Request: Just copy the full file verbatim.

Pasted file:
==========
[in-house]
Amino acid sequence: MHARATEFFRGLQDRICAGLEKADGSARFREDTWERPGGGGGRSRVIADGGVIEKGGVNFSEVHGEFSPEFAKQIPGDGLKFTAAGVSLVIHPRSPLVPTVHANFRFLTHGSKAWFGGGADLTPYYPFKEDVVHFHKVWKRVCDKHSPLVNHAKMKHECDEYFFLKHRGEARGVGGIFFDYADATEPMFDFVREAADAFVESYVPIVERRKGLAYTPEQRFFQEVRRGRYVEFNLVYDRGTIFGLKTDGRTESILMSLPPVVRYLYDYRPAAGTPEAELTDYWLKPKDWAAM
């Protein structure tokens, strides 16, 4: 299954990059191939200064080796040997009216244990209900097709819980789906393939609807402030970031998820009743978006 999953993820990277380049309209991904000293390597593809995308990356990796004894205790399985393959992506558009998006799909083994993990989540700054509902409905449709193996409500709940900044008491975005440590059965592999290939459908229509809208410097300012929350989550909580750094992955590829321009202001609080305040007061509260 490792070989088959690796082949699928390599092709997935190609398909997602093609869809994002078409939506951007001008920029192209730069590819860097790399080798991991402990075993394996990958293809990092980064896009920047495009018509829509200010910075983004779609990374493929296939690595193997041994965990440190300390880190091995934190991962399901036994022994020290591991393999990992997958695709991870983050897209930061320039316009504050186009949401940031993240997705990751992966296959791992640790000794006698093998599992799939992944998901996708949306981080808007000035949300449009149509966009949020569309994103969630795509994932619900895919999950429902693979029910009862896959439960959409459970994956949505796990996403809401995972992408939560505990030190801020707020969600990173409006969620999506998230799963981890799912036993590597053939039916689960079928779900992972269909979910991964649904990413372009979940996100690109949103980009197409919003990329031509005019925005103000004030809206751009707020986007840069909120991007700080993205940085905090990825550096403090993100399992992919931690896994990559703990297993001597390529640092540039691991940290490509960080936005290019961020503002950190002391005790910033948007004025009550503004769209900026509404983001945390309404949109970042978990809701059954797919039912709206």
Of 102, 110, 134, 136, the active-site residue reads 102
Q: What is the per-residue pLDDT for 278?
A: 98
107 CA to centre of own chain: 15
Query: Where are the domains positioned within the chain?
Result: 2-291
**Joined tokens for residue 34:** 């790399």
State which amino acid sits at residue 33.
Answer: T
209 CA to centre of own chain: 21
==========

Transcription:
[in-house]
Amino acid sequence: MHARATEFFRGLQDRICAGLEKADGSARFREDTWERPGGGGGRSRVIADGGVIEKGGVNFSEVHGEFSPEFAKQIPGDGLKFTAAGVSLVIHPRSPLVPTVHANFRFLTHGSKAWFGGGADLTPYYPFKEDVVHFHKVWKRVCDKHSPLVNHAKMKHECDEYFFLKHRGEARGVGGIFFDYADATEPMFDFVREAADAFVESYVPIVERRKGLAYTPEQRFFQEVRRGRYVEFNLVYDRGTIFGLKTDGRTESILMSLPPVVRYLYDYRPAAGTPEAELTDYWLKPKDWAAM
């Protein structure tokens, strides 16, 4: 299954990059191939200064080796040997009216244990209900097709819980789906393939609807402030970031998820009743978006 999953993820990277380049309209991904000293390597593809995308990356990796004894205790399985393959992506558009998006799909083994993990989540700054509902409905449709193996409500709940900044008491975005440590059965592999290939459908229509809208410097300012929350989550909580750094992955590829321009202001609080305040007061509260 490792070989088959690796082949699928390599092709997935190609398909997602093609869809994002078409939506951007001008920029192209730069590819860097790399080798991991402990075993394996990958293809990092980064896009920047495009018509829509200010910075983004779609990374493929296939690595193997041994965990440190300390880190091995934190991962399901036994022994020290591991393999990992997958695709991870983050897209930061320039316009504050186009949401940031993240997705990751992966296959791992640790000794006698093998599992799939992944998901996708949306981080808007000035949300449009149509966009949020569309994103969630795509994932619900895919999950429902693979029910009862896959439960959409459970994956949505796990996403809401995972992408939560505990030190801020707020969600990173409006969620999506998230799963981890799912036993590597053939039916689960079928779900992972269909979910991964649904990413372009979940996100690109949103980009197409919003990329031509005019925005103000004030809206751009707020986007840069909120991007700080993205940085905090990825550096403090993100399992992919931690896994990559703990297993001597390529640092540039691991940290490509960080936005290019961020503002950190002391005790910033948007004025009550503004769209900026509404983001945390309404949109970042978990809701059954797919039912709206």
Of 102, 110, 134, 136, the active-site residue reads 102
Q: What is the per-residue pLDDT for 278?
A: 98
107 CA to centre of own chain: 15
Query: Where are the domains positioned within the chain?
Result: 2-291
**Joined tokens for residue 34:** 């790399």
State which amino acid sits at residue 33.
Answer: T
209 CA to centre of own chain: 21